The best and worst part about being at home during the week is being able to nap at any time. Also the best and worst part? Being faced with four fabulous little fruit crumbles, one with a big melty scoop of vanilla ice cream and seeing no other option but to sit down with a spoon and scrape the dish clean. Dedicating more time to my blog is suddenly beginning to seem like a terribly dangerous decision. But such a delicious one.
I hadn’t expected mulberries to taste so explosively good when baked. When they’re in season, usually around March-April, I stuff them in my mouth, lick purple juice off my fingers and that’s that. I also hadn’t expected a really simple wholewheat crumble topping to lift the mushy fruit to some other level. Or that with a scoop of ice cream, this super summery dessert suddenly knocked even brownies out of the way. And most surprising of all, that a recipe that came more from the heart than from logic, could churn out something so irresistible.
Mulberries are still available, though the season isn’t at its peak, on www.foodesto.com. The quality and price were both more than acceptable for this dish. They were fresh and sweet and tangy and required no prep because the stems were tiny and soft enough for the fruit to be tossed in as is. I also used up the last of this season’s peaches to add sweetness and flavour variations and the two worked beautifully together. Till apples come back in my life, I’m more than happy with this combination!
The crumble topping is a little wetter than is acceptable, because the last time I used wholewheat flour, I found it could have done with a little extra buttery flavour. So this time around, more butter, less flour, some oats, some almonds and some brown sugar. Try not to break the bottle of brown sugar so that you don’t spend half the morning picking up bits of glass from your kitchen floor 🙂
These little tart tins have been sitting wrapped up since I got back from London and I decided to finally break them out for these. You could definitely make these individual crumbles as a one-dish dessert too. Or double, triple, quadruple the proportions for a no-fuss crowd pleaser.
Whatever you do, do not forget the vanilla ice cream. Really. It melts into the warm crumble topping, mixes up with all the fabulous sweet mulberry juice and adds just the right sweetness. I think I make myself clear.
Feel free to add in chopped walnuts or pecans for extra crunch. You could definitely swap the mulberries for any other fresh or frozen berries, but I suggest leaving the peaches in because they do a little something to the filling.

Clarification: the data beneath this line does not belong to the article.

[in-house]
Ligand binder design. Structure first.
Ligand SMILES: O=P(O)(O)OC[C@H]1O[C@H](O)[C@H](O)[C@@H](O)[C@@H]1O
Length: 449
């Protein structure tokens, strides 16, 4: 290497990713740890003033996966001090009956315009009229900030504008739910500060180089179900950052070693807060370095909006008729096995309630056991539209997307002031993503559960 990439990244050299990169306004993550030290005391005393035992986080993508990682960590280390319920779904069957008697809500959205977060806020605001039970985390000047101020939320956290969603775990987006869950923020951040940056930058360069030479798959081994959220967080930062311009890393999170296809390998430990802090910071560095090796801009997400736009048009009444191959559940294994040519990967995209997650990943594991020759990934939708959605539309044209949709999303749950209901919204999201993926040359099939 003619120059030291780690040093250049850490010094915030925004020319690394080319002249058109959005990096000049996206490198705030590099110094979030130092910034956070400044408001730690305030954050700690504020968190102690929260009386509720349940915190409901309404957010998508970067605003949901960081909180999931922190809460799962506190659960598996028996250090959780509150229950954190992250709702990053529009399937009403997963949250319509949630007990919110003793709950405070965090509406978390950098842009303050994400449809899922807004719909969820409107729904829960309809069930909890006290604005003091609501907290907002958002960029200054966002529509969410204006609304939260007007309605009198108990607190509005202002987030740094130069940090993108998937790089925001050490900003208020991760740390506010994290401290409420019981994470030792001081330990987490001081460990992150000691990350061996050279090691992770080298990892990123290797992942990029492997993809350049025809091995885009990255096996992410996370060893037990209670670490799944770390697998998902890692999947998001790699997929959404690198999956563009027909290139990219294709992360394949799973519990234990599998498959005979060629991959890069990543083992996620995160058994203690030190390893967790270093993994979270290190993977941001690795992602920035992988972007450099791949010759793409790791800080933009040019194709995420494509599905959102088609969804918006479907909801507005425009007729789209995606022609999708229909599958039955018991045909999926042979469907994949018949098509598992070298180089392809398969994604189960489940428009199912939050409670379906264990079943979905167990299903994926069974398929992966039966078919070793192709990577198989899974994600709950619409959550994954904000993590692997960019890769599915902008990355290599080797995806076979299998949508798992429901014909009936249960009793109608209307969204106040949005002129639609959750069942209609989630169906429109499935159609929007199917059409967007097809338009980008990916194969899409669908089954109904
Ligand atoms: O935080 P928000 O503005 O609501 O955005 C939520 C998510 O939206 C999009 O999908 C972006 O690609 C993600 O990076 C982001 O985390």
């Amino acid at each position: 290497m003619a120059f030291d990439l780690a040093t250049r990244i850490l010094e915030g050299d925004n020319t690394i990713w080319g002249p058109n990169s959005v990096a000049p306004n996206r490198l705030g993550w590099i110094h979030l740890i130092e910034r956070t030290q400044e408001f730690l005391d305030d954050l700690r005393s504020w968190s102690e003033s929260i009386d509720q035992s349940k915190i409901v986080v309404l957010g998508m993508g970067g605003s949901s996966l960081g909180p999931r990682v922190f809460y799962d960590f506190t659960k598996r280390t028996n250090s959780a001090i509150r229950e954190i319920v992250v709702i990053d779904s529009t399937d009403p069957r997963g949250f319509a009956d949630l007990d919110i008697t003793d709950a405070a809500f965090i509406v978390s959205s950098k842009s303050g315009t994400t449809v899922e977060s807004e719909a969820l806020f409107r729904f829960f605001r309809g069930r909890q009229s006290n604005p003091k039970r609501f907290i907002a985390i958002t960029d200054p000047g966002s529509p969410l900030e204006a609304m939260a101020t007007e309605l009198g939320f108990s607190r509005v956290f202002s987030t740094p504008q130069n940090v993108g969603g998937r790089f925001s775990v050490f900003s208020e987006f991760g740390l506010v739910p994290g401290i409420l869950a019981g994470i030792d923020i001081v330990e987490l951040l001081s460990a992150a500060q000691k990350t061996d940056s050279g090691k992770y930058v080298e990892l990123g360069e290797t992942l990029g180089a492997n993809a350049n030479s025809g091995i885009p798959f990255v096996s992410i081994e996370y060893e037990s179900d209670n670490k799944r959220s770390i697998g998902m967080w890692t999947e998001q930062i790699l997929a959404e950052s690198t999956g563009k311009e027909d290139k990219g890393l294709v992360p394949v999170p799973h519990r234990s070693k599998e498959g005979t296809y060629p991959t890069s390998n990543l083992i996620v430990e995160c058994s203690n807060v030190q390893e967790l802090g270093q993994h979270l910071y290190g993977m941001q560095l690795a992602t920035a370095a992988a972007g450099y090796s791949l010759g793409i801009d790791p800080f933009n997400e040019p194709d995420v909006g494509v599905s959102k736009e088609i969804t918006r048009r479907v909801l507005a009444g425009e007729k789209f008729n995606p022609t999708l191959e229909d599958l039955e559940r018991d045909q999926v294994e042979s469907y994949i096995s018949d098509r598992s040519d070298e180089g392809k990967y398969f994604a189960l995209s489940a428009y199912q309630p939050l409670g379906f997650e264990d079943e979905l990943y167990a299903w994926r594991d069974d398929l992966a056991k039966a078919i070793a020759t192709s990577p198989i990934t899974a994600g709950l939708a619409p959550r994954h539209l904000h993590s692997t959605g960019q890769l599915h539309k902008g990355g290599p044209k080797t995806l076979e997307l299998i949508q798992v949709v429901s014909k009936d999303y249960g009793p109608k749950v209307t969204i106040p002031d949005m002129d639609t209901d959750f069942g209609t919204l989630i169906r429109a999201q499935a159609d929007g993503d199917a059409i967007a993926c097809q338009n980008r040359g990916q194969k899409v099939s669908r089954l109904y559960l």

The whole thing comes together in one sweet, juicy mess, both fruity and nutty at the same time. I wouldn’t blame you if you start to pick off that toasty crumble and eat it as is. But it is rather good scooped up with the cooked berries and peaches. And ice cream. Do not forget the ice cream.
- For the filling
- 200 gms fresh mulberries* (If using frozen berries, do not thaw)
- 2 ripe peaches, sliced thin and peeled if you like
- 1 to 2 tbsps caster sugar, depending on sweetness of fruit
- ¼ tsp cinnamon powder
- For the crumble topping
- ⅓ cup wholewheat flour
- ¼ cup oats, the instant variety is fine
- 2 tbsps brown sugar
- ¼ tsp cinnamon powder, optional
- Pinch of salt, if using unsalted butter
- 50 gms cold butter, cubed (approx ¼ cup butter)
- Flaked almonds, chopped walnuts, chopped pecans, optional
- In a bowl, combine the ingredients for the filling, making sure the fruit is well coated in the cinnamon and sugar. Set aside.
- Preheat the oven to 180 C.
- In another bowl, mix all the dry ingredients for the crumble topping, then add the cubed butter. Using your fingers, rub the butter in till the mixture starts to clump a little. It will be wetter than a regular crumble topping, so you won't get the usual coarse breadcrumbs texture.
- Divide the prepared fruit along with the juices, equally among four 4" tart tins, or one small 6" baking dish. There is no need to grease the dish. Top with the crumble, 'crumbling' it as you go. Garnish with almonds, walnuts or pecans for extra crunch.
- Bake for 15 minutes, or until the tops have browned a little and the filling is bubbling. Some of the fruit juice might ooze out, don't worry. I found that wholewheat flour doesn't brown as much, so I also turned the oven to the broil setting for a couple of settings to get a little extra colour on there.
- Allow to cool for 10 minutes and then serve, still warm, with vanilla ice cream. Enjoy!